Gerry Anderson: Master in Miniature Part Three -

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Gerry Anderson: Master in Miniature Part Three

The Supermarionation master discusses CAPTAIN SCARLET

By Jeff Bond     December 11, 2002

Gerry Anderson has a track record that would make any self-respecting TV producer shake in his boots: 17 television programs, virtually all of which now rate as cult successesfrom the lavishly produced space adventure Space: 1999 and the cult favorite UFO to the "Supermarionation" of Thunderbirds and Captain Scarlet. Today we continue our exclusive interview with this legend of genre TV.

Anderson made


a calculated decision to Americanize his programs in order to sell them to the U.S. television market. "In 1962 and today to a lesser extent, there was a terrific resistance in America to anything Britishmainly because at the time British production was lousy, and also because in the South they couldn't understand a British accent," the filmmaker says. "Sixty percent of world broadcast money comes from America, and the shows we were making were very expensive, so we knew we had to sell these shows in the United States. Some of the producers in Britain tried to make their shows acceptable to American audiences by using American artists. Usually it was someone who was down on the floor because it was too expensive to bring in a top star, not that they would have wanted to come anyway. And I thought, 'All our shows are futuristic, they all have futuristic aircraft and rockets, and it would sit very comfortably as an American program.' There was a series called New Scotland Yard and they brought in an American artist and in the series he was running around, telling the British police what to do, toting a gun and shooting everything in sight. Well, of course British audiences hated it; in the States they thought it was a load of crap so that one died. We thought we would make it an American show, have all American characters, have the scripts written with American spelling, and we would sell them as American shows. A lot of people in my country to this day think I'm an American. That worked very well."

Anderson's programs


are generally incredibly optimistic in tone, with a technological solution for every problem and a bright and colorful future world presented to the viewer. One exception, at least in tone, was the remarkable series Captain Scarlet and the Mysterons. By the time he made Captain Scarlet, miniaturization technology allowed the puppets for the show to be made in recognizably human proportions, and Captain Scarlet's storyline reflected the realism and sophisticated tone of its characters' look. In a war between mankind and an alien race called the Mysterons, the enemy has the power to recreate human beings and vehicles and control thembut only after the originals have been destroyed. Captain Scarlet, a member of a security organization called Spectrum, is killed by the Mysterons in the very first episode, recreated as a Mysteron duplicate, and then killed a second time when Spectrum intervenes in a hostage situation undertaken by the Scarlet duplicate. Scarlet is revived, no longer under the Mysteron's controlbut now indestructible. Through episode after episode Scarlet puts himself in situations that would kill an ordinary human being, and appears to die time after timeonly to live and fight again.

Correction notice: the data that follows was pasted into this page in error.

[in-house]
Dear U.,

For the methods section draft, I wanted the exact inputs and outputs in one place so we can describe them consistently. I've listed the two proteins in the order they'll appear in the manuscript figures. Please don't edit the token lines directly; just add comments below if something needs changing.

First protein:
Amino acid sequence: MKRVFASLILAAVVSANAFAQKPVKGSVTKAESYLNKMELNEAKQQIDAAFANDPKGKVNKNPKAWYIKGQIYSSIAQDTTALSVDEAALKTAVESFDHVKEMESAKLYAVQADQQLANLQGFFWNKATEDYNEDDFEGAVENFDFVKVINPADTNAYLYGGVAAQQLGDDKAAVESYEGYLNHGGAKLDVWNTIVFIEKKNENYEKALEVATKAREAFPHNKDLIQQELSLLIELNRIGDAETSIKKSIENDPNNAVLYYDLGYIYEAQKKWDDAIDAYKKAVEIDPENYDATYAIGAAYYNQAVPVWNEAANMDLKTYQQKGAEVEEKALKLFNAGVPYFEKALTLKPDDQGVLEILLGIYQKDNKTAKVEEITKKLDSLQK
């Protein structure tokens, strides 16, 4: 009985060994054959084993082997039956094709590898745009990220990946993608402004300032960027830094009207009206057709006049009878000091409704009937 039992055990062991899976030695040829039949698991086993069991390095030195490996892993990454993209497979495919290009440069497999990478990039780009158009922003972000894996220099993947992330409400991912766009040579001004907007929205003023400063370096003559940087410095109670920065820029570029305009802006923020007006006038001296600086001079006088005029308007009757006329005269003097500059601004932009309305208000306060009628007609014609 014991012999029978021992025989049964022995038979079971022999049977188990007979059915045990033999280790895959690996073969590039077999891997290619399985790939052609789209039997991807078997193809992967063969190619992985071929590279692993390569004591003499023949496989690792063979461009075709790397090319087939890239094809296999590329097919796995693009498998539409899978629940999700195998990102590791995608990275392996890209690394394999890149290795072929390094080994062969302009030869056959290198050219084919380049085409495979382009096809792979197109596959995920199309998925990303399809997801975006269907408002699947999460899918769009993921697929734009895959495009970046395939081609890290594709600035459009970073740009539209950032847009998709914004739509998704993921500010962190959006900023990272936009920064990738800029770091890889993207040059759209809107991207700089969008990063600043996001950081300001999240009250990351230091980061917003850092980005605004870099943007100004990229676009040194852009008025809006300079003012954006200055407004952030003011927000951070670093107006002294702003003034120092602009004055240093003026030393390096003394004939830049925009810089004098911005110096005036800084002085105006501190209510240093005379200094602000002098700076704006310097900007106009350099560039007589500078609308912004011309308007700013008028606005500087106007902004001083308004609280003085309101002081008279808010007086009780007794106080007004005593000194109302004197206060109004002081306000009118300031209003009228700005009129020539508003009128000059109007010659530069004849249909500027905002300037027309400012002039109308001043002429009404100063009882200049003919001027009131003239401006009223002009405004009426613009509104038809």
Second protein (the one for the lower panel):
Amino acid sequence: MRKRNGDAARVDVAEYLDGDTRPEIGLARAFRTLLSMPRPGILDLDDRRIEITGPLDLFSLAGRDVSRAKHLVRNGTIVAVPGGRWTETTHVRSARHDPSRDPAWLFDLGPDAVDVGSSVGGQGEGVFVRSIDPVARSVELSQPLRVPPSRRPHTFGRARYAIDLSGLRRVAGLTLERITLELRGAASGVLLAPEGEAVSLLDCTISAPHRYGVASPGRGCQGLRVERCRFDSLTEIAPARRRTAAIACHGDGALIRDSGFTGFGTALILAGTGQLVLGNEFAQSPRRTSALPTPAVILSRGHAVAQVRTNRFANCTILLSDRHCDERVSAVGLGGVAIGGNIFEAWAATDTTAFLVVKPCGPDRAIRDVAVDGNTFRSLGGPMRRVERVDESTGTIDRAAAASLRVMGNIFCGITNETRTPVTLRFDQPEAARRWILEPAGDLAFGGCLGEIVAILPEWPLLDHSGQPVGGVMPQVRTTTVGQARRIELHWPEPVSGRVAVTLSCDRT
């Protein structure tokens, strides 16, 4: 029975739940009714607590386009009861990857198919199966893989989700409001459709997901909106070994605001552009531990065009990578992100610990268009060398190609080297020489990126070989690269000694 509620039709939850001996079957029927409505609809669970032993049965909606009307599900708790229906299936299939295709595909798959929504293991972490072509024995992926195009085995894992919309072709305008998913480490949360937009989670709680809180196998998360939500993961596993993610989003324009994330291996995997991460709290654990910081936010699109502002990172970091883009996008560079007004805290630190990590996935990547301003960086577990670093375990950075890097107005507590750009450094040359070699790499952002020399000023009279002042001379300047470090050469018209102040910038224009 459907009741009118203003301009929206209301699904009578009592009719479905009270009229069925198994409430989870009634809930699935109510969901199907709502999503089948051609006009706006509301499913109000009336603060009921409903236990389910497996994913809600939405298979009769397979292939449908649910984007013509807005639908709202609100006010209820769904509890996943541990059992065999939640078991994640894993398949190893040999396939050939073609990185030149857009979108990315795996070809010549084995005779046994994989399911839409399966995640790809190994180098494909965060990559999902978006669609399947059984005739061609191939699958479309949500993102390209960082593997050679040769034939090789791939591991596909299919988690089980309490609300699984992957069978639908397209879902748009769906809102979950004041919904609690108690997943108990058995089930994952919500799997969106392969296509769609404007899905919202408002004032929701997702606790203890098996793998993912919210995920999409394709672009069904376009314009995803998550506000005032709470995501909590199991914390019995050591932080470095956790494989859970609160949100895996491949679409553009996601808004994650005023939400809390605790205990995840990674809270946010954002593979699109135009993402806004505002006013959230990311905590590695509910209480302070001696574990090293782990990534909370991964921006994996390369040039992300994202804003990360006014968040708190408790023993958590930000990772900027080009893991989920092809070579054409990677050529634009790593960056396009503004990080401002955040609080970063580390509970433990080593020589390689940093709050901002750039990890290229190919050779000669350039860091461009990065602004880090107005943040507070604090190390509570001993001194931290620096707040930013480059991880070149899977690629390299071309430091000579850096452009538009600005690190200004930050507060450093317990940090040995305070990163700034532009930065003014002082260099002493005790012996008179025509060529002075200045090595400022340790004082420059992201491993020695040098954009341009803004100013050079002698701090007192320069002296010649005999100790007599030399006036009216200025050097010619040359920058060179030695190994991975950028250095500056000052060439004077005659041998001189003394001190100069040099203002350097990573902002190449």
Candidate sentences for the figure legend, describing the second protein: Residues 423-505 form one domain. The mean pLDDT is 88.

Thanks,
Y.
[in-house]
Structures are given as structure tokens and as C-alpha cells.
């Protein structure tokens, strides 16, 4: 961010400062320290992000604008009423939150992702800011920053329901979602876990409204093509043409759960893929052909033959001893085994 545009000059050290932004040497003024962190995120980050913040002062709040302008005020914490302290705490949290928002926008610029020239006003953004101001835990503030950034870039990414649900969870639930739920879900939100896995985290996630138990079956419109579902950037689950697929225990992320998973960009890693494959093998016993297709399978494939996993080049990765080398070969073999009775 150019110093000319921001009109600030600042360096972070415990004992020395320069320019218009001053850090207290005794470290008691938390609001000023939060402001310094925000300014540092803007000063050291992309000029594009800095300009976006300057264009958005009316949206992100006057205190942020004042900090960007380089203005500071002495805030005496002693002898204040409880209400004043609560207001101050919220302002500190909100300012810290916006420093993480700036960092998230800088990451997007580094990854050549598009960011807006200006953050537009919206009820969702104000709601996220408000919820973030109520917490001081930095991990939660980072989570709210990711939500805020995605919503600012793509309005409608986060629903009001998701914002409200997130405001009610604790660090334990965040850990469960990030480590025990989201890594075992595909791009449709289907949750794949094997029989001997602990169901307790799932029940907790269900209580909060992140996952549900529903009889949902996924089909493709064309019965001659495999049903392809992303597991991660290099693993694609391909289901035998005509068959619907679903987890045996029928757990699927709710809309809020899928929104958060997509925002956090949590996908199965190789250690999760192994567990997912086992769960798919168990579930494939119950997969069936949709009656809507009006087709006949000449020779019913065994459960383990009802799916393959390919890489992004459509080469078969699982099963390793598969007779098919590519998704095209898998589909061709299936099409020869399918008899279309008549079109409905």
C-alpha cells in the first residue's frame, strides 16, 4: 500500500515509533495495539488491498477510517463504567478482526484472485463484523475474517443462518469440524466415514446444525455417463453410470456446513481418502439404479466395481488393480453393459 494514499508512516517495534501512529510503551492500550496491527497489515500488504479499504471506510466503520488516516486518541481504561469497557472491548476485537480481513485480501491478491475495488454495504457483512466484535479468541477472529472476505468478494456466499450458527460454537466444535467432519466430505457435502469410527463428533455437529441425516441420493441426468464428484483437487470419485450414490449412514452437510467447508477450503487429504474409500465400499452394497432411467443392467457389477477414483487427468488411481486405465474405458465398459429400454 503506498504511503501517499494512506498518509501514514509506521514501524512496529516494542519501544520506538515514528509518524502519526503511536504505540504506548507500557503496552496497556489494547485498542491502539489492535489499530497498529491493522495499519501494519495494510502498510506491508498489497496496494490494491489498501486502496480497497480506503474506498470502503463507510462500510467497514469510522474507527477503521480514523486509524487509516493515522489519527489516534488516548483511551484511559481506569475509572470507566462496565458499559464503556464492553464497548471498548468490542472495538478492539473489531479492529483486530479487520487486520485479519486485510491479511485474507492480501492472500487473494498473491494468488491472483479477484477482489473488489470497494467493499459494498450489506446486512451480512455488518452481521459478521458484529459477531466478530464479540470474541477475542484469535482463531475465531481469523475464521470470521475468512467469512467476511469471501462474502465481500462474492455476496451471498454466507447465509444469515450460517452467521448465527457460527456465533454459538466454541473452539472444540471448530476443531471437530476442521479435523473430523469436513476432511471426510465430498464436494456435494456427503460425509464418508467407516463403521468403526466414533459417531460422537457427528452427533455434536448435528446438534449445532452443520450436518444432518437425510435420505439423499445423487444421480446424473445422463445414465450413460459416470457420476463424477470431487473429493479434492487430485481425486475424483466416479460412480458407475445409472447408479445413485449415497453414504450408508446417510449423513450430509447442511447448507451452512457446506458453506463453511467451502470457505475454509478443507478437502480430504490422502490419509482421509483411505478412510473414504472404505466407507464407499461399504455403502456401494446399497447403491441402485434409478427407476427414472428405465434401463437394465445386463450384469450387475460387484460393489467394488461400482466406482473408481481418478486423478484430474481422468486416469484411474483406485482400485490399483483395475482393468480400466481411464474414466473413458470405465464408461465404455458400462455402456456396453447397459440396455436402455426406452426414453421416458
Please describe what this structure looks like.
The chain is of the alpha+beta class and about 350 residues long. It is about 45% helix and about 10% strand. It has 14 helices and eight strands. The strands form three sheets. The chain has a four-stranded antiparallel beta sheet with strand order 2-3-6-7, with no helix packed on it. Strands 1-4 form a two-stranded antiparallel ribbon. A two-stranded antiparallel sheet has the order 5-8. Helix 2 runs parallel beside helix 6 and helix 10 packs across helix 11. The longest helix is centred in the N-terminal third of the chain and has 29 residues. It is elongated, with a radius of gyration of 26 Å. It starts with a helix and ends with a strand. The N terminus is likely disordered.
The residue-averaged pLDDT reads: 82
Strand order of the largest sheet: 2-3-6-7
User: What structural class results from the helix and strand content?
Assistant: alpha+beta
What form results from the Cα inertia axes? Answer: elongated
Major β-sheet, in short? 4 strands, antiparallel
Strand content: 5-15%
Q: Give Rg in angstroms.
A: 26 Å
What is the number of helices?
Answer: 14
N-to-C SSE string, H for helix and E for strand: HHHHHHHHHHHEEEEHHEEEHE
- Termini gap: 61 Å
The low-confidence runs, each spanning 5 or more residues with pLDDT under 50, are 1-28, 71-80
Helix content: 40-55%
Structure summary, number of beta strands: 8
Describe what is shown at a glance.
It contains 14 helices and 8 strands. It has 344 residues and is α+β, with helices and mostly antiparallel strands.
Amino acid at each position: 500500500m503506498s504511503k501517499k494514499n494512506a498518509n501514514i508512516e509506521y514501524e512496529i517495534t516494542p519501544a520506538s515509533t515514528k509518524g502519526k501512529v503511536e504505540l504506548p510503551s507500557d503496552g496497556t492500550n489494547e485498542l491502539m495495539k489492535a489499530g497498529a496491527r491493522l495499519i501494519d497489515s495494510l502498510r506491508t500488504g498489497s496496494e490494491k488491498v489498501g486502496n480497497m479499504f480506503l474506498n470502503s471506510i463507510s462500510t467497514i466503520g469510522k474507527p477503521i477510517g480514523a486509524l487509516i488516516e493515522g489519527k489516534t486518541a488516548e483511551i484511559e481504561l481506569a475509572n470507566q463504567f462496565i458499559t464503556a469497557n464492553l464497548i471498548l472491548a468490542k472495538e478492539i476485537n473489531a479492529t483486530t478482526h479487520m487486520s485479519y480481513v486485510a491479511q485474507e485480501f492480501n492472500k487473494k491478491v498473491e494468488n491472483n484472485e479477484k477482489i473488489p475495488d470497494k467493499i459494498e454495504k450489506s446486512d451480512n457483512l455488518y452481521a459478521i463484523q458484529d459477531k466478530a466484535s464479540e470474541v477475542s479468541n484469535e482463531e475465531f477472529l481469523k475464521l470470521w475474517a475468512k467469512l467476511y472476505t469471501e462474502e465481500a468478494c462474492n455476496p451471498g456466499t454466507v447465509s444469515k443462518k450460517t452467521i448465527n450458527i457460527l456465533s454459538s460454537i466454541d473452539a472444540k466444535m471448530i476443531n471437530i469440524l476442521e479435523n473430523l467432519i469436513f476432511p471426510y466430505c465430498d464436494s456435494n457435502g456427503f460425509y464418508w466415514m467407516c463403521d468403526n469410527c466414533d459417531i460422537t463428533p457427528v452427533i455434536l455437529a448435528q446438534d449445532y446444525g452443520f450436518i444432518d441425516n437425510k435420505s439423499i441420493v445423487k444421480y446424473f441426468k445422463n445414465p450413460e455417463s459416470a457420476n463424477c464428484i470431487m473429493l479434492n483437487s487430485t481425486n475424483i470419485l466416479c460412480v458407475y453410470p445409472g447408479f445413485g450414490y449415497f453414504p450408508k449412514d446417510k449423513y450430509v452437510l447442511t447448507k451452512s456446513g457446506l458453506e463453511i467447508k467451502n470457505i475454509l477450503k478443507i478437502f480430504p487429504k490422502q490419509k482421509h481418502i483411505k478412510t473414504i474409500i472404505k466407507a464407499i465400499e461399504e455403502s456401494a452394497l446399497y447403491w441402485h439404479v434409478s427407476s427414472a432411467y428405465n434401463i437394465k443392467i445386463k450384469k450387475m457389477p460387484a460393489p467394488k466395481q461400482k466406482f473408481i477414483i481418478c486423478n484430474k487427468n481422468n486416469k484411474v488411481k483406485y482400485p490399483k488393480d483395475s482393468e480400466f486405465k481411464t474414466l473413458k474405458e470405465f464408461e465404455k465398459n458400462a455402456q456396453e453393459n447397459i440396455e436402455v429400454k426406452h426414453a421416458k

It's a pretty dark premise for a children's television show, but Anderson doesn't consider it a radical departure from his other work. "I try very hard to write all my shows as adult shows, the reason being that the greatest treat in the world for a kid is for dad to say, 'Listen, you can stay up late tonight and watch Star Trek or whatever,'" Anderson says. "Kids love that. So we tend to write really for a family audience and not just children. All our shows have the central theme of good against evil, and as long as that is the theme and as long as good always prevails, the broadcasters always seem to treat us very well. Captain Scarlet started running on Sky One, which is Rupert Murdoch's worldwide satellite channel... and it was run on BBC 2 recently and on the Cartoon Channel quite recently. The one thing we did have with Captain Scarlet was that after about three shows we had to put an announcement on the front that said 'Captain Scarlet is indestructible, but you are not. Do not imitate him.' And touch wood, over thirty years or more I've never heard or read of any child dying or being injured as a result of that show."

Anderson's insistence

The high tech spaceships from Gerry Anderson's UFO.

on making his shows appeal to an American audience found a unique application on the voice of Captain Scarlet, which was performed by actor Francis Matthews as an impersonation of Cary Grant. "We used a Cary Grant imitation which worked very well because Cary Grant is Britishnot very many people know that but he was British, so he is totally acceptable in Britain and equally acceptable in the United States."

Be sure to check back for the fourth part of our exclusive interview with Gerry Anderson.

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